The significance of the housing problem in a capitalist society was covered by Friedrich Engels, whose works on the position of the working class are considered fundamental. According to Engels, the main problems in the field of housing are crowded resettlement and poor sanitary conditions of the working class. Over the past century since the life of the classic Marxism, over and over, the living conditions in the cities, of course, have changed. But the possibility of acquiring their own housing has also become more complicated. As a result, a large number of workers were forced to rent housing, but this created additional financial difficulties, since not all families could afford to allocate substantial funds from the family budget for rental housing. There have been examples of the construction of charitable housing, but the full solution to the housing problems of the population has followed only in countries that have chosen the socialist path of development. The socialist way of solving the housing problem is truly unique, since it has no analogues in capitalist countries. If before the October Revolution 1917, the housing problem was solved in the same way as in other countries - people either bought housing with their own money or built it themselves, rented a house or huddled in the premises provided by employers, then after the revolution a stunning experiment was made to provide the population with housing. The expropriation of the housing stock of the wealthy strata of the population in the first post-revolutionary years and then, after giving up the “new economic policy”, made it possible to resolve the issue of providing housing to broad strata of the population. Many mansions that belonged to the aristocracy and the merchants, as well as to the wealthy burghers, were turned into apartment buildings, which made it possible to settle in them a huge number of people in need of housing.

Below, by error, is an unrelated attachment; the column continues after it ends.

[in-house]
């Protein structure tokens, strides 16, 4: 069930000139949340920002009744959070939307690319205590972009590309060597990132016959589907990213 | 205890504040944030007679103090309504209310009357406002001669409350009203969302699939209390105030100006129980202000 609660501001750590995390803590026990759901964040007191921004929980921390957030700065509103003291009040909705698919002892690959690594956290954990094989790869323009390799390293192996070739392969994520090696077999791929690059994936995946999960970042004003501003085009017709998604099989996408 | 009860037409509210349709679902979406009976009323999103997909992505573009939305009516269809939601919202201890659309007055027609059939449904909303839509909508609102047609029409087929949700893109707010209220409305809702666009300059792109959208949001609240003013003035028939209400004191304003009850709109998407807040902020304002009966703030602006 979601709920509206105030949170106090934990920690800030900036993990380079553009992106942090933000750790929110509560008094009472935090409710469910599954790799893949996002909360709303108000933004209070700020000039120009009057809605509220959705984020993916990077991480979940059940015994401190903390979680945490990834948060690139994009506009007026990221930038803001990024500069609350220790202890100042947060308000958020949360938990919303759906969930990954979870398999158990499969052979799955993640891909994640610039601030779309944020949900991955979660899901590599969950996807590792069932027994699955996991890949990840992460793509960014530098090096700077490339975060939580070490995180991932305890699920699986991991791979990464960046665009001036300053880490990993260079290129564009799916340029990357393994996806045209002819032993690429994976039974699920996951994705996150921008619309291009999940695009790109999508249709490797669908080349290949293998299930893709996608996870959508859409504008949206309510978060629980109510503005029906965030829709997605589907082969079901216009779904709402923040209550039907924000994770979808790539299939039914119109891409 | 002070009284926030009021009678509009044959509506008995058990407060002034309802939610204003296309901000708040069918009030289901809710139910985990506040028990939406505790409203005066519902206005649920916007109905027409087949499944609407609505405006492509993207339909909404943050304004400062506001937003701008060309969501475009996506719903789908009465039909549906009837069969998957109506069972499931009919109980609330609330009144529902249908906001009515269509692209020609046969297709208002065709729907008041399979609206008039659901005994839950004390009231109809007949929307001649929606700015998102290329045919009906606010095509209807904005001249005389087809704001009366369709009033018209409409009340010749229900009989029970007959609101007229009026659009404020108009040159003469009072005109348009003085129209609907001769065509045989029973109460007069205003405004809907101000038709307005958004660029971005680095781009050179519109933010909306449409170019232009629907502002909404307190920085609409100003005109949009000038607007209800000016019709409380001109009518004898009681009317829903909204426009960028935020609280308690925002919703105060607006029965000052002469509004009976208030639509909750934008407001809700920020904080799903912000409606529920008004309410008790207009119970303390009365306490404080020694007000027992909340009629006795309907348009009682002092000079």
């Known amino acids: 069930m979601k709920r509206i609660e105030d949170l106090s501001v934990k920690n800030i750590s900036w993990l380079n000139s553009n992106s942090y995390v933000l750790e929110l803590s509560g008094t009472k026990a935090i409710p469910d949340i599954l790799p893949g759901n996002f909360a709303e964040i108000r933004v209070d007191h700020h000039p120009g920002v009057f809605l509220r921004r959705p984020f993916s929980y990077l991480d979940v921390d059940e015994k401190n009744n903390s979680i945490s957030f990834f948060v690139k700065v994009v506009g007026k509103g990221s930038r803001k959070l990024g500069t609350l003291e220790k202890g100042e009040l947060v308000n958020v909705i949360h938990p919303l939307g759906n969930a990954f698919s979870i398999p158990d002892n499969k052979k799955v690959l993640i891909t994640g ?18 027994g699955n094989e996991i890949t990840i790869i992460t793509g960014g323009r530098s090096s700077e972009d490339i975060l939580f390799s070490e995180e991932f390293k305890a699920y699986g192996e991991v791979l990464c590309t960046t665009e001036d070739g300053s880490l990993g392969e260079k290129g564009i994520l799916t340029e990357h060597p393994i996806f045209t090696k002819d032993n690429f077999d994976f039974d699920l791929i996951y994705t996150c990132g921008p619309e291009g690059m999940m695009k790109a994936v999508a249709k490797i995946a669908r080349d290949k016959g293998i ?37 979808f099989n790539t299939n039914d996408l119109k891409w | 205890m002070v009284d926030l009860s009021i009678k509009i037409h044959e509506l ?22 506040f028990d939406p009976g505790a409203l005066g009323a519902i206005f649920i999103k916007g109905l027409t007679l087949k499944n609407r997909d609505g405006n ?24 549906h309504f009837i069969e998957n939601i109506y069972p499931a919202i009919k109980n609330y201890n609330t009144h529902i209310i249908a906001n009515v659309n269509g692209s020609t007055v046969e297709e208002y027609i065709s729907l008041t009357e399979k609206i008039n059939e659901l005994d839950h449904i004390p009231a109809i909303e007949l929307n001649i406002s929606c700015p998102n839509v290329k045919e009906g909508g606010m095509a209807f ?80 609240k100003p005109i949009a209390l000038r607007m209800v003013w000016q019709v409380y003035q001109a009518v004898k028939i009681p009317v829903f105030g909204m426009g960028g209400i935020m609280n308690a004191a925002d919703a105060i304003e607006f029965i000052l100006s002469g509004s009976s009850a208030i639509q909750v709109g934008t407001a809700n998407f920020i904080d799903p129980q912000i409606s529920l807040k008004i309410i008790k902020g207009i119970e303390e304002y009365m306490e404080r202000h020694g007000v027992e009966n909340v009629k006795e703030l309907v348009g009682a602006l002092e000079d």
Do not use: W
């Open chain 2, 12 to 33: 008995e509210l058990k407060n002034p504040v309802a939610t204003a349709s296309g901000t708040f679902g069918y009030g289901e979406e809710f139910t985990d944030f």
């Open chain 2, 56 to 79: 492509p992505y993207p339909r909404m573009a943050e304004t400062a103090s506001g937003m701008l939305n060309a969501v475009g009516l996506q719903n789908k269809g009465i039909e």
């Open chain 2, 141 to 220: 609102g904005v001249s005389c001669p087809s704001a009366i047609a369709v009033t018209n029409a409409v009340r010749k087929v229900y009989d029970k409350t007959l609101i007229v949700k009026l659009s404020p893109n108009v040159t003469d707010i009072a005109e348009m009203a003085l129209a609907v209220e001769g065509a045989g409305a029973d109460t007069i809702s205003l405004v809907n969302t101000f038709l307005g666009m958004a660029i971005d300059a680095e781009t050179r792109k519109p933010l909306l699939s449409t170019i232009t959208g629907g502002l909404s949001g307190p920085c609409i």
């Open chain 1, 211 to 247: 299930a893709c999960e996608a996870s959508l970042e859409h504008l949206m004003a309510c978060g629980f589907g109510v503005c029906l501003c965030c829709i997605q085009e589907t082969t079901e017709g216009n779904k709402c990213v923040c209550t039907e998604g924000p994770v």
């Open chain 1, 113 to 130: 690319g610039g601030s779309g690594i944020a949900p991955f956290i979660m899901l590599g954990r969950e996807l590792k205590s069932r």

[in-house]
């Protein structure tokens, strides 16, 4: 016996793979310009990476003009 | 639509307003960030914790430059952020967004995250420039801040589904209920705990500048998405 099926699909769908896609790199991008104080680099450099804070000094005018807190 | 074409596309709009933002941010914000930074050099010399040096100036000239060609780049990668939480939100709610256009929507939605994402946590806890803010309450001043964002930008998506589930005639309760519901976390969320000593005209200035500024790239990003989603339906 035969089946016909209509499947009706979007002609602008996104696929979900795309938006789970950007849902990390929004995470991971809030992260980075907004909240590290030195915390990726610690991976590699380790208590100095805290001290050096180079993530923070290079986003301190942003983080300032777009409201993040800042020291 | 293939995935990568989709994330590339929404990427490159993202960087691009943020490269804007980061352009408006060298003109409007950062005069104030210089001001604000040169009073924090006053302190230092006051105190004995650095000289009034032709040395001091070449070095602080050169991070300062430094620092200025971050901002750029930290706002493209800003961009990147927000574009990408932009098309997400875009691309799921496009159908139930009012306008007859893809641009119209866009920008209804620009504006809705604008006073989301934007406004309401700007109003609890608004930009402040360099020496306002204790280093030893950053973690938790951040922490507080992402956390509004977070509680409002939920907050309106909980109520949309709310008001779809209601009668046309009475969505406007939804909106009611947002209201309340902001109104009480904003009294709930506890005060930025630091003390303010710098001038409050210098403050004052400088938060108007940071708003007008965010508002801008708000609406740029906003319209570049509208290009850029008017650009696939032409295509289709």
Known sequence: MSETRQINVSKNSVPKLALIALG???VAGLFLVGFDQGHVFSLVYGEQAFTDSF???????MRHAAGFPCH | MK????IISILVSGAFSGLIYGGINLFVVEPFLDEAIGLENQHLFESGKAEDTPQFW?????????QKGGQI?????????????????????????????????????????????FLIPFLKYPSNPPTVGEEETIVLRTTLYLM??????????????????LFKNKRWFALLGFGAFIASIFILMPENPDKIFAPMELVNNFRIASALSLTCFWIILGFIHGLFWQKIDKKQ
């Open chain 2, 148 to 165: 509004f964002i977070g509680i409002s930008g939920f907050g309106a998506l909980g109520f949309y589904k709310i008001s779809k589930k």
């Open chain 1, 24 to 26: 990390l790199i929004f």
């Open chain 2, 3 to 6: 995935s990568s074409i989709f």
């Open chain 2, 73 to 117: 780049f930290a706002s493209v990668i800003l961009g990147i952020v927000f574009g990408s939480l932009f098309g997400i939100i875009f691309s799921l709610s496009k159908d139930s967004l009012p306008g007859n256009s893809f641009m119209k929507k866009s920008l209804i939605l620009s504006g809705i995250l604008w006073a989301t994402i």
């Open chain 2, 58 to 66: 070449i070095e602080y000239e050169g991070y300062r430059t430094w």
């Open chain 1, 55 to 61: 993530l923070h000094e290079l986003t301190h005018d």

Soviet housing policy
In the Soviet Union, and later in other socialist countries of the world, massive construction of social housing was carried out, distributed among all citizens in need of it. It began as early as 1920, when construction of houses for specialists and industrial workers, for military personnel began, and gained a truly massive scale in 1960, 1980, when the entire Soviet Union was built up with typical "Khrushchev" and "Brezhnevkah". The latter, in their turn, were settled by families of very different social levels and material wealth moving from the barracks and communal apartments. As a result, the problem of “homelessness” of the working population was practically eradicated in the USSR. Practically all Soviet citizens — residents of cities, with the exception of representatives of the “social bottom”, who led the antisocial lifestyle, thus became owners of apartments or, at least, rooms in hostels. Moreover, citizens were provided with housing based on the composition of the family, which allowed families with several children to receive three-four-room apartments. The housing was provided and representatives of the lower social groups who took jobs in enterprises. At the very least, they got rooms in communal apartments and hostels. It can be said that by 1980. The housing problem in the USSR was largely resolved. It is in Soviet housing that most of the country's population currently lives, and even those who have purchased apartments in new houses, to a large extent used to acquire them the resources of Soviet housing — their own or their parents. However, up to the present, the question of providing decent housing for residents of emergency and dilapidated houses, as well as houses devoid of modern amenities, remains relevant. Indeed, even in large cities of Russia, up to the present, one can find a significant number of residential buildings without central water supply, sewage and even gas. This creates a particularly negative contrast compared to a new, comfortable housing being commissioned. And the situation when people living next door to new homes in the infrastructure of the last century is inadmissible, since it contributes to the deepening of social inequality and deprivation of the population, is a fertile ground for the spread of socially negative, radical and extremist attitudes among a part of the population.